Background: We investigated socioeconomic inequalities in hypertension prevalence, treatment, and control among middle-aged Koreans.
Methods: We analyzed data from 4275 adults aged between 40 and 64 years who participated in the Korean National Health and Nutrition Examination Survey, 2007 and 2008. Education, income, and occupational level were evaluated to assess the relationship of socioeconomic status with hypertension prevalence, treatment, and control.
Results: There were significant differences in socioeconomic status among individuals with no hypertension, controlled hypertension, and uncontrolled hypertension in both sexes. In multiple logistic regression models, as compared with men who had more than 12 years of education, those with 7 to 12 years and less than 7 years of education had odds ratios (ORs) for untreated hypertension of 2.14 (95% CI: 1.18 to 3.90) and 2.98 (95% CI: 1.42 to 6.28), respectively (P for trend <0.05). As compared with women who had more than 12 years of education, those with 7 to 12 years and less than 7 years of education had ORs for hypertension prevalence of 1.75 (95% CI: 1.10 to 2.78) and 1.88 (95% CI: 1.12 to 3.16), respectively (P for trend <0.05). Women who worked as manual labors had an OR for uncontrolled hypertension of 1.50 (95% CI: 1.02 to 2.22) as compared with women in other jobs. There was no statistically significant association between income level and hypertension control.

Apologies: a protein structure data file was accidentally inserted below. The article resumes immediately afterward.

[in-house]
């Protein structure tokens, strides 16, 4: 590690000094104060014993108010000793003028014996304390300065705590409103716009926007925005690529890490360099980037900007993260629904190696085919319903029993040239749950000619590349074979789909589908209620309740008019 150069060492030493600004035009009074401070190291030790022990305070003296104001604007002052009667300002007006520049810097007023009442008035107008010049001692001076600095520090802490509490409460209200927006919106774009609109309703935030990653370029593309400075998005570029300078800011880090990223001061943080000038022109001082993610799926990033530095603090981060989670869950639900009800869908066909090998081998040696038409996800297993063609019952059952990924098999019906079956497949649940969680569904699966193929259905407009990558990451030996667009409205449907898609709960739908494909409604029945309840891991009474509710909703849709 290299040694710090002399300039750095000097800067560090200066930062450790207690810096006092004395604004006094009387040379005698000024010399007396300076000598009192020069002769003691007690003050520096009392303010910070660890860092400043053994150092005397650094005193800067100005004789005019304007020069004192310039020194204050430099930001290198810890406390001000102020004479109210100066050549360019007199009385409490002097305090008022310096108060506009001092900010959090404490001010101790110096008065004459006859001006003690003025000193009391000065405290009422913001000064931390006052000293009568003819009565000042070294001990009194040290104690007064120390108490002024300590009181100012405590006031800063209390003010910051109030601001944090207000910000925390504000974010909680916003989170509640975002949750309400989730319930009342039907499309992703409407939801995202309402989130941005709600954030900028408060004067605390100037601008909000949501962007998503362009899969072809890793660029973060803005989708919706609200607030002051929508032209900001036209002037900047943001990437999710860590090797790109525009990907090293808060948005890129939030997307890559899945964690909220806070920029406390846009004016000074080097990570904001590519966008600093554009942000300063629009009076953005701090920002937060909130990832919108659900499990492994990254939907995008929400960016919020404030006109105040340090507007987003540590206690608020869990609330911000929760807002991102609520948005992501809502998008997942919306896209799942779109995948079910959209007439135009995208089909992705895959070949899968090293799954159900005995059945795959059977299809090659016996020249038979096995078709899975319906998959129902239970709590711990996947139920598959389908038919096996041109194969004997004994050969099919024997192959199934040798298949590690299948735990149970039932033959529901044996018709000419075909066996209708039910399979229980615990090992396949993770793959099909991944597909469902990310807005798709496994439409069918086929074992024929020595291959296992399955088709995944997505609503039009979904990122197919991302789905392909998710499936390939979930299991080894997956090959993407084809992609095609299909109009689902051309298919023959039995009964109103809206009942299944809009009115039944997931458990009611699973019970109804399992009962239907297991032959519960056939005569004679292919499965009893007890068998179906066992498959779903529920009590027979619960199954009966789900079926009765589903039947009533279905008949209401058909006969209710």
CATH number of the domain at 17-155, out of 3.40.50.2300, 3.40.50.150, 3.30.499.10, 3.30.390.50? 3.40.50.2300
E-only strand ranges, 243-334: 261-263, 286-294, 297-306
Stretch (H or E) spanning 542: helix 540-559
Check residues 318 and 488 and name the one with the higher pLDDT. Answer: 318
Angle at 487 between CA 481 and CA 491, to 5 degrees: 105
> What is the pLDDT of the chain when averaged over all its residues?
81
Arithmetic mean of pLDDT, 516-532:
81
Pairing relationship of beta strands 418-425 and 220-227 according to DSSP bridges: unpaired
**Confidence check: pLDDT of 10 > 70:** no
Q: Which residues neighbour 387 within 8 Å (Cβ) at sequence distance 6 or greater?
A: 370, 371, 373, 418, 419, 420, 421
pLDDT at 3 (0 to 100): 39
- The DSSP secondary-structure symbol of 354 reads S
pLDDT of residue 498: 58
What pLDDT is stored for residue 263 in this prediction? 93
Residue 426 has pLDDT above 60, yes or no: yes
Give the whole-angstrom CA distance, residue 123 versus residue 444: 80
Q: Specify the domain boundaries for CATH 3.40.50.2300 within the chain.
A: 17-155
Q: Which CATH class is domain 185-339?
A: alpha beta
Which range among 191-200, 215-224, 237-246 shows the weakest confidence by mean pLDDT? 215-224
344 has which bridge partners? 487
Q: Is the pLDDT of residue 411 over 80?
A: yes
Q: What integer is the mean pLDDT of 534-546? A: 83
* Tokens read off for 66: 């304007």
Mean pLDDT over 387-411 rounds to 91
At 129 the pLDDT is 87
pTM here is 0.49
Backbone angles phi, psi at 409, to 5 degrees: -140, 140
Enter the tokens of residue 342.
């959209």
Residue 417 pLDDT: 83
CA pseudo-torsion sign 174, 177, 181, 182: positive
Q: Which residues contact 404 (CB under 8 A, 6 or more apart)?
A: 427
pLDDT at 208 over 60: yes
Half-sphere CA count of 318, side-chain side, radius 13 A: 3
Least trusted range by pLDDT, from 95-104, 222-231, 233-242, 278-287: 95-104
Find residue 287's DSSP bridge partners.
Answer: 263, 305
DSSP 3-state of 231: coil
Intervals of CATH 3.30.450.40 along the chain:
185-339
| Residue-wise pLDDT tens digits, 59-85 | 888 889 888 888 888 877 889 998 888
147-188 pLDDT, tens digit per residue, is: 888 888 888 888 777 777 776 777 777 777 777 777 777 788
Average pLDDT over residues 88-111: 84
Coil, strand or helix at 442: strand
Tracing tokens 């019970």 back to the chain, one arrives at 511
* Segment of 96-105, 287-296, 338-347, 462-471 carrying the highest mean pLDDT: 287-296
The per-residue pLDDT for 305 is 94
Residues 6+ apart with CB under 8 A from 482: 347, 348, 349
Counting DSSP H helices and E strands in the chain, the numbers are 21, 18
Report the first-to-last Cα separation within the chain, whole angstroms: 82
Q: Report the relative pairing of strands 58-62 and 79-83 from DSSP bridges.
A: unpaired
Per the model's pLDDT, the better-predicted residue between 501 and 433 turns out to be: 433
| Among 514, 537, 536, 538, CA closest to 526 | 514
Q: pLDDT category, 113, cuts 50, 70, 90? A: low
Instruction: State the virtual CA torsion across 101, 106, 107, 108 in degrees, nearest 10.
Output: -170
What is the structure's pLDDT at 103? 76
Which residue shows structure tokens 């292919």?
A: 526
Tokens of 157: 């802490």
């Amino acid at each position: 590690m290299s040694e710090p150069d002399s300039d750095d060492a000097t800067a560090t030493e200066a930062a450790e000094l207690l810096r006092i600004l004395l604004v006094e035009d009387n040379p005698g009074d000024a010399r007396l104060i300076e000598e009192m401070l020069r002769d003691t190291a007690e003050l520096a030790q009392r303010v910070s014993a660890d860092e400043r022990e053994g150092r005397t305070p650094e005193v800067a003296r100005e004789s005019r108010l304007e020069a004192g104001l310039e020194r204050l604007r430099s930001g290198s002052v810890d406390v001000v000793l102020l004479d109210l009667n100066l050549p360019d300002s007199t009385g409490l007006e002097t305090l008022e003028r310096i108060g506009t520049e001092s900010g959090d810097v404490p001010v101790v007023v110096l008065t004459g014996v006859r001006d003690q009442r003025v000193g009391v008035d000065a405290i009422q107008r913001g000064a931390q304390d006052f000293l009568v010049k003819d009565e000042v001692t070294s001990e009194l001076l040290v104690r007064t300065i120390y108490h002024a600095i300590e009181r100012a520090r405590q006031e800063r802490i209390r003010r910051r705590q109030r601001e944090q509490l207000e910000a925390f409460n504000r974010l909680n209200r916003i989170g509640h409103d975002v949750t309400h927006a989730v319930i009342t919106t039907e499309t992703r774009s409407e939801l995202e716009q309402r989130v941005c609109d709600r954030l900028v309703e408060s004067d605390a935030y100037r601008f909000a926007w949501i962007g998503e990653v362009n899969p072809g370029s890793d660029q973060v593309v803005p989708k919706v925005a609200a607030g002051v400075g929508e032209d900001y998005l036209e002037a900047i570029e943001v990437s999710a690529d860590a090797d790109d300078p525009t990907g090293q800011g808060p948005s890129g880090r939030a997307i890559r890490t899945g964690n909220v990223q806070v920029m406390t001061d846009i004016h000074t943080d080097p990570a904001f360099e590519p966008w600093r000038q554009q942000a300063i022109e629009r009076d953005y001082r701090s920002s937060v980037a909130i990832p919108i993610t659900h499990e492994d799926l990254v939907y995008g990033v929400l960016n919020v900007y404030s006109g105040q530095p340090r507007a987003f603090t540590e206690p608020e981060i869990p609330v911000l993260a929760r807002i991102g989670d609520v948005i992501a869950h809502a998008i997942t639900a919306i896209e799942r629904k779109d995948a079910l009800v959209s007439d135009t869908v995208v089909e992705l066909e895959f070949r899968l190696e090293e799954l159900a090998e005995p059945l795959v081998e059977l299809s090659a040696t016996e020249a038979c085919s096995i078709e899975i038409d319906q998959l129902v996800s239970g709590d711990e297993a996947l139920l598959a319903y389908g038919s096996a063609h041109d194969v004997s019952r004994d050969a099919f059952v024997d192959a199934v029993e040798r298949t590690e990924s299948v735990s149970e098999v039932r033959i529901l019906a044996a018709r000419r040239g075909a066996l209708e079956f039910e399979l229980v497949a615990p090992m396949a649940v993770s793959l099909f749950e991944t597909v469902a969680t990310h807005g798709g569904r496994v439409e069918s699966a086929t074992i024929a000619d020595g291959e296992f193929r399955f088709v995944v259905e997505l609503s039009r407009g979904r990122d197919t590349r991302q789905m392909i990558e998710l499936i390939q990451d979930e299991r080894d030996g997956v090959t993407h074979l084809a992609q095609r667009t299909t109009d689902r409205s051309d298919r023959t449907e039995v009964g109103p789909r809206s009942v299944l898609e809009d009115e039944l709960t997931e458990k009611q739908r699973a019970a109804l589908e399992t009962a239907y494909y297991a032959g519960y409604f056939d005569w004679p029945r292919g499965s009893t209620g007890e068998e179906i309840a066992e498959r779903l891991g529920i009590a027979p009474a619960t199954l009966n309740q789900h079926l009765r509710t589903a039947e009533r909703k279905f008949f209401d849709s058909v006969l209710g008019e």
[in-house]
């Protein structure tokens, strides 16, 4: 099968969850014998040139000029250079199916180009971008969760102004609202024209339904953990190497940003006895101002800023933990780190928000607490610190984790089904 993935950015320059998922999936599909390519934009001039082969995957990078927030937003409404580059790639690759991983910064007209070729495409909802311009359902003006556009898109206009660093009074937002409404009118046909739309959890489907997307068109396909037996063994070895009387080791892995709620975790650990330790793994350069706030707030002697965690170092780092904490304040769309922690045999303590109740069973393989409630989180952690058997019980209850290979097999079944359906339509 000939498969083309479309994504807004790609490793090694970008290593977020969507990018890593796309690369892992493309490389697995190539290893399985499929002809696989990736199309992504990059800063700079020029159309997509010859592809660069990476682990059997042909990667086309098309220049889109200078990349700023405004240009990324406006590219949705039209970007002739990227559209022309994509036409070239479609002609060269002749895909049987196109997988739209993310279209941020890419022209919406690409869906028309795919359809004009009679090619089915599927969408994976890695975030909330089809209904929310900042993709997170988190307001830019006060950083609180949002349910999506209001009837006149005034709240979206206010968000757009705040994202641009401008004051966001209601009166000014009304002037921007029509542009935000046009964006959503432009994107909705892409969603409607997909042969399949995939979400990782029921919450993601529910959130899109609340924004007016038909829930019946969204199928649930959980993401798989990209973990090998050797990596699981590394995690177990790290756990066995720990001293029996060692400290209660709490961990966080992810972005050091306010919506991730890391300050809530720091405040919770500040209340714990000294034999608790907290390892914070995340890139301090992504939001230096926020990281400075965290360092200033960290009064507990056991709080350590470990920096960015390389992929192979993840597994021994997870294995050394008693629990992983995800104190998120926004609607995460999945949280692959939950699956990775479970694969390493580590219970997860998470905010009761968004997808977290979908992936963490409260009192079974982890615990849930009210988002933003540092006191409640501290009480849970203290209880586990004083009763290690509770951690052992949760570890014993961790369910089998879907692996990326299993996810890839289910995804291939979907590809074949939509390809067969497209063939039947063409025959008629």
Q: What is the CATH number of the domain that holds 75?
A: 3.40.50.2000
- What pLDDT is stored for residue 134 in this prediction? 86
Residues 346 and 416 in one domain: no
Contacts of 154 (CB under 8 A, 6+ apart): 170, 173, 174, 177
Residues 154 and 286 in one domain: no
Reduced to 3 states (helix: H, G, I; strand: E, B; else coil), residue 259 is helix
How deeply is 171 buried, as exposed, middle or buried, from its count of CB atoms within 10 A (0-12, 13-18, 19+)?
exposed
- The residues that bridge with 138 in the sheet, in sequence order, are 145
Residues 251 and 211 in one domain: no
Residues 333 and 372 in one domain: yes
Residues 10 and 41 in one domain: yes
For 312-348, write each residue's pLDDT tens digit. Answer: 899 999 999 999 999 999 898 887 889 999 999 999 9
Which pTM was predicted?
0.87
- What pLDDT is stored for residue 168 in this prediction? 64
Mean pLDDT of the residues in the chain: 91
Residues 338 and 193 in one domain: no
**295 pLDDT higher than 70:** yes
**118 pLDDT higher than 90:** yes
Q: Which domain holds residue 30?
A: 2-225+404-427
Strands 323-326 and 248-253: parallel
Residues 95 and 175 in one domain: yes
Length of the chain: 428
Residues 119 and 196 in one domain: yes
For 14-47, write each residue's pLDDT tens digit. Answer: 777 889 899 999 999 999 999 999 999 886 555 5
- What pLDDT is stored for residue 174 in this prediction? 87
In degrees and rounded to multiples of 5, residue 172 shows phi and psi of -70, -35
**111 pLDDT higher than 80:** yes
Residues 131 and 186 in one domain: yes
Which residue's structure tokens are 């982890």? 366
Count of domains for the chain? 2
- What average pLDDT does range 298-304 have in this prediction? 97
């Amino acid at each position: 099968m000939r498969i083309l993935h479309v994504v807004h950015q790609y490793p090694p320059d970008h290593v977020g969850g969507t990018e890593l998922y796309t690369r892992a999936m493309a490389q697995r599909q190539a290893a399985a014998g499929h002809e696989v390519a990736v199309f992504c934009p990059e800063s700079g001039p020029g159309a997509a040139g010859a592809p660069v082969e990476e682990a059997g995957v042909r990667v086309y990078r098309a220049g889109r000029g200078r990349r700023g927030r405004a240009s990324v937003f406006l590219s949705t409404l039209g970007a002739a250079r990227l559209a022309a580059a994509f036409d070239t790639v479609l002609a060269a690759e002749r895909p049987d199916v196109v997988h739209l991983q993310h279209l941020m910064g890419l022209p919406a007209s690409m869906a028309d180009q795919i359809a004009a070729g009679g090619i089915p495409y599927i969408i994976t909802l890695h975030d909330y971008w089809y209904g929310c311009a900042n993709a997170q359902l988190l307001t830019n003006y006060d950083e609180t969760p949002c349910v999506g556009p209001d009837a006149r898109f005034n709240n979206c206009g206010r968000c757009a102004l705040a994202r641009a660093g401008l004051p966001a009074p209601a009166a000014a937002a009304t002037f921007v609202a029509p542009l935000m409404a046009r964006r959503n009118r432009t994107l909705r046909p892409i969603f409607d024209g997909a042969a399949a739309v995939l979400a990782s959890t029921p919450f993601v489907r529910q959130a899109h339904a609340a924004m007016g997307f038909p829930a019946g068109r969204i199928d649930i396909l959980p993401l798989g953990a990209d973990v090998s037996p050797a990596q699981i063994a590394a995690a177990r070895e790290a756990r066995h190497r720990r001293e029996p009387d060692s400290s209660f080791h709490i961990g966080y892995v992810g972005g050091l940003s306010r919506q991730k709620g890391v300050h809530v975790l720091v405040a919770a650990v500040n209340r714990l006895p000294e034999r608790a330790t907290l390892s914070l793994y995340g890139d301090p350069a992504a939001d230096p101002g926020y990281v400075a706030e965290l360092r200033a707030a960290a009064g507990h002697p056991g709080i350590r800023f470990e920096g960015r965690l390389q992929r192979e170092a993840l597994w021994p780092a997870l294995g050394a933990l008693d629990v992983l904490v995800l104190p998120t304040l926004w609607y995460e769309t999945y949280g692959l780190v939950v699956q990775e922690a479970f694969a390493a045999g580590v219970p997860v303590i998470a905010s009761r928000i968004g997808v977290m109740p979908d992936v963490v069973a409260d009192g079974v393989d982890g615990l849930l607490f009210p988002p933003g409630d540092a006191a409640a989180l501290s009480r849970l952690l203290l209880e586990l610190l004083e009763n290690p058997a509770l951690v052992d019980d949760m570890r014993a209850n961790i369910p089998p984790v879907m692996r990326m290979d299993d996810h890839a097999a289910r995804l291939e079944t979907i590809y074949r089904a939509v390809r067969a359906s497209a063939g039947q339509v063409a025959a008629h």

Conclusions: Socioeconomic status was independently associated with hypertension prevalence and care, which suggests a need for health policy efforts to reduce the socioeconomic disparity in hypertension management.
2012 by the Japan Epidemiological Association